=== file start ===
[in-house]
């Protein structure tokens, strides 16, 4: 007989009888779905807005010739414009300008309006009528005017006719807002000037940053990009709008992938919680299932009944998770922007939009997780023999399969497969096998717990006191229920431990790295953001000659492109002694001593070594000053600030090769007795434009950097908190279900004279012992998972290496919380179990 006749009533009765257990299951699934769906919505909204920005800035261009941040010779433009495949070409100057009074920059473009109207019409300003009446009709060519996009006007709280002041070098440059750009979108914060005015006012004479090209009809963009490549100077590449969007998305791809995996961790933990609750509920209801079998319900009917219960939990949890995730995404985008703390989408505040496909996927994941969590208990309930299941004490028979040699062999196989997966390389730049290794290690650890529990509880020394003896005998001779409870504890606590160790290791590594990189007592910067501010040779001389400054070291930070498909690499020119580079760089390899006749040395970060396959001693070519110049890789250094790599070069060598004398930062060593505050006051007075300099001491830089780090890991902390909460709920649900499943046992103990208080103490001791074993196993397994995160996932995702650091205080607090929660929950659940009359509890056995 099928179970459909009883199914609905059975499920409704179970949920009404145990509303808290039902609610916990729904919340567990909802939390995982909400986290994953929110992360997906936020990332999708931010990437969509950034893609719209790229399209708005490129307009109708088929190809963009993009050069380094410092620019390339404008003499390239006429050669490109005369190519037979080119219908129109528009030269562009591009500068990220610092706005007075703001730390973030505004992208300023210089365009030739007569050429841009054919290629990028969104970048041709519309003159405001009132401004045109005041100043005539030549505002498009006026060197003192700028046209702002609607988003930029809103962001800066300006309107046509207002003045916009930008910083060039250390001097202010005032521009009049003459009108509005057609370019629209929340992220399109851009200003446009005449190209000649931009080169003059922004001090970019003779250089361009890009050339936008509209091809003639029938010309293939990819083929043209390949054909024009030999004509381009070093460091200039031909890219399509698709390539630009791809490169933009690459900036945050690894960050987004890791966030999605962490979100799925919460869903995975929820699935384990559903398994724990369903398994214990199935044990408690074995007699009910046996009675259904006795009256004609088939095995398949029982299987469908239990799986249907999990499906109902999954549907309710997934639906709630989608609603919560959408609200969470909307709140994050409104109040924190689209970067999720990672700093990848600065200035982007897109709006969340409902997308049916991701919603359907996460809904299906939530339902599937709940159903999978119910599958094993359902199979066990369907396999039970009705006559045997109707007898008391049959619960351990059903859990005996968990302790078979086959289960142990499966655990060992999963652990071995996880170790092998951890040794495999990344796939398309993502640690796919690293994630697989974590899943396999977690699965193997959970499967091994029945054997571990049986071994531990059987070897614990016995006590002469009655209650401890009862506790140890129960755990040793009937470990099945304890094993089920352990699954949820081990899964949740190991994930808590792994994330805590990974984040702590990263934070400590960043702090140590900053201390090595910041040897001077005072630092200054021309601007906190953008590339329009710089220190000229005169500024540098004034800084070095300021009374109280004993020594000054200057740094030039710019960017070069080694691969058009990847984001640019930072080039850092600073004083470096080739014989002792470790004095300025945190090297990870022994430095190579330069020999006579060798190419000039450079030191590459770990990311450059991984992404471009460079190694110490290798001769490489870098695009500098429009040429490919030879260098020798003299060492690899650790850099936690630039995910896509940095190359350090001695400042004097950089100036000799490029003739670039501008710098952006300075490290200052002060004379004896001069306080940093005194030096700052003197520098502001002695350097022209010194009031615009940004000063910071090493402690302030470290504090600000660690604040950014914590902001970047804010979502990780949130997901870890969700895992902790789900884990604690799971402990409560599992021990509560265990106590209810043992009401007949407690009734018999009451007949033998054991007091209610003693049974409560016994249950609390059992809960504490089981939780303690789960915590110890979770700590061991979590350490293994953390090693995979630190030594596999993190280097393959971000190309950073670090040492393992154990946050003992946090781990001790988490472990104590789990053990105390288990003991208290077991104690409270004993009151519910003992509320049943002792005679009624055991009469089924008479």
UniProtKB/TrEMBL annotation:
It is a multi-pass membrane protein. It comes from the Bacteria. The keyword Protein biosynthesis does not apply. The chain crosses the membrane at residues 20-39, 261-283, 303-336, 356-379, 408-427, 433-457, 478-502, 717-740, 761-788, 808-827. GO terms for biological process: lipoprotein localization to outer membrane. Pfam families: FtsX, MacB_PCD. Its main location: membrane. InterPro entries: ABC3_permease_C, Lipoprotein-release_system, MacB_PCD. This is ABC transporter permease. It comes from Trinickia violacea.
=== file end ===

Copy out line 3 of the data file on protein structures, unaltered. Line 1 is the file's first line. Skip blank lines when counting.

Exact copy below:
UniProtKB/TrEMBL annotation: